Keen pledges fiscal accountability if elected

The politics for School Board races this year solidified Monday when the Republican Party endorsed Steven Keen for chairman of the county School Board.

Keen is running on a conservative Republican stance that competition and choice improves public schools — if parents chose to stay the system knows immediately that it is successful.

He won out over Lucy Beauchamp, another Republican, who has served as chairman for nine years. Conservatives have grown dissatisfied with her because she voted against allowing charter schools in Prince William in 2001, she spoke in favor a getting more state funding for schools in 2002 through a tax, and she favored a meals tax in 1994.

“I have not backed higher taxes to support schools,” Keen said. If the school system wants to add new programs such as all-day kindergarten, it is a matter of setting priorities, he said. “The needs are always going to be greater than the resources.”

Among his highest priorities if elected would be to guide the new board, with at most two returning district representatives, in setting up a strategic plan that better specifies how goals will be met than the current plan.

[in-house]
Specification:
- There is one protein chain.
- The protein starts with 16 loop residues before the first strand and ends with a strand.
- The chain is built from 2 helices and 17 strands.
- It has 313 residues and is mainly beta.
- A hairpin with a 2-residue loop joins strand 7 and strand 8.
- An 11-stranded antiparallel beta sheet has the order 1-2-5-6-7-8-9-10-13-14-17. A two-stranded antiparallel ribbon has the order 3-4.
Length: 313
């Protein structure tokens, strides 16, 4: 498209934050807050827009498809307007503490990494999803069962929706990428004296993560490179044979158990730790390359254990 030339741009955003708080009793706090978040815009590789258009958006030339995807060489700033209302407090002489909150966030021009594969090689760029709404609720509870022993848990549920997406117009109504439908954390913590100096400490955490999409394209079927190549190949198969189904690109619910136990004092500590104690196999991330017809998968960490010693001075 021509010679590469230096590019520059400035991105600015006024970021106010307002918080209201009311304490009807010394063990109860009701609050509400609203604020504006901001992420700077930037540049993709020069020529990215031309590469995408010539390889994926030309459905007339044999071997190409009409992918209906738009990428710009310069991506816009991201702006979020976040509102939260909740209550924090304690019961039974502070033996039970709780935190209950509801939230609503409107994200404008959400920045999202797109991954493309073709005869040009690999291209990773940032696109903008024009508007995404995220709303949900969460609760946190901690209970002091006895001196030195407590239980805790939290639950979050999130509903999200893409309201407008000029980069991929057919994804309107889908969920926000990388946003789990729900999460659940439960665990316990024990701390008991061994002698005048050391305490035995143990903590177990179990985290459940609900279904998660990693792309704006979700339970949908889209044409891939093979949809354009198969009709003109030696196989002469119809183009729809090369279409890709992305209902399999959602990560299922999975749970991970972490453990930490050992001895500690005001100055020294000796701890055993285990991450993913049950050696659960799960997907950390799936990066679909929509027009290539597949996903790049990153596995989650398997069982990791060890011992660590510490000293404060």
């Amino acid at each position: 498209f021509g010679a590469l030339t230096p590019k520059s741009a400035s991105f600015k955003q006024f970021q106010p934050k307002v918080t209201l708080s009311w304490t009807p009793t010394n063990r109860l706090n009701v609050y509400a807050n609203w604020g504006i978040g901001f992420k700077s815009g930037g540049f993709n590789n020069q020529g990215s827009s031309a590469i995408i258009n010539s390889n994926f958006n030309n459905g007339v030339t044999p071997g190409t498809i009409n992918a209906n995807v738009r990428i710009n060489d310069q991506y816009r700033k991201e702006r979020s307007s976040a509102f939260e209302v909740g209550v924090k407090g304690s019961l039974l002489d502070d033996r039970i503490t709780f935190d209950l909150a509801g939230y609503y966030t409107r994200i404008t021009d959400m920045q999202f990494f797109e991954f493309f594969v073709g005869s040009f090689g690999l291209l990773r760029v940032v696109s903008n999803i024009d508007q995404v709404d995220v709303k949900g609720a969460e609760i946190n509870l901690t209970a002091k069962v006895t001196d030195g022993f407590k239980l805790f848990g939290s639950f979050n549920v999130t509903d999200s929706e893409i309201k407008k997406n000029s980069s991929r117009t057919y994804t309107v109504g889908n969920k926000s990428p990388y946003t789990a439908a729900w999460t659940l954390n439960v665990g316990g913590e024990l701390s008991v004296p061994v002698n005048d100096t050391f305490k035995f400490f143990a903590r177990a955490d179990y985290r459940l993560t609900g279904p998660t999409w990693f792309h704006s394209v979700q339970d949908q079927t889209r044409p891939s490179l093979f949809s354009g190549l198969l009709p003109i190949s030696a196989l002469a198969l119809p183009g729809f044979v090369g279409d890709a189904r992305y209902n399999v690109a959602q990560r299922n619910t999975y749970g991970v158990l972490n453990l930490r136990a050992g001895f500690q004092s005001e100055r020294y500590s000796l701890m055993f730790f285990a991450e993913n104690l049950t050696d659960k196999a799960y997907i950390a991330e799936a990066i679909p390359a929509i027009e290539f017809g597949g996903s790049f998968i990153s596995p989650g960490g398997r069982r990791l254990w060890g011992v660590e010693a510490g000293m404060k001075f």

Beauchamp said she is disappointed the Republican Party has an agenda. “They did not seem to consider candidates for the children,” she said. She said she is fine with not getting the endorsement — the campaign is not over. November decides who wins, she said.

She said she supported the meals tax in 1994 because the school board had schools without air-conditioning and in need of critical repairs and maintenance on years of delays. County supervisors only offered that solution, she said.

“Everybody says they have no choice when it turns out to be unpopular later,” Keen said. He said warnings of middle school athletics being eliminated and critical repairs to schools going undone all never came to pass.

Beauchamp said choice within the system has shown to be a draw: specialty programs are drawing students from home-schooling and private schools. The system is up 2,318 new students over the course of this past year, she said.

Prince William Democratic Committee Chairman George Delimba said the party’s district committees will be making endorsements in the next few weeks.

“We’ve talked to Lucy Beauchamp over the years … to try and get her to switch sides because policy-wise for the most part we feel she is a pretty good advocate for teachers and reducing class size,” said Delimba, who lives six doors down from Keen in Woodbridge.

A sharp distinction on which party supports public schools and which doesn’t will favor Democrats, he said.

He said Republicans’ fixation on expanding Pennington School’s traditional phonics education countywide and charter schools are a distraction away from the real way schools are improved: more teachers, smaller class sizes.

Keen said that costs money, and county taxpayers cannot be asked to pay even more after double-digit assessment increases.

“It is irresponsible for a school system to say they need it so you need to cough it up,” he said.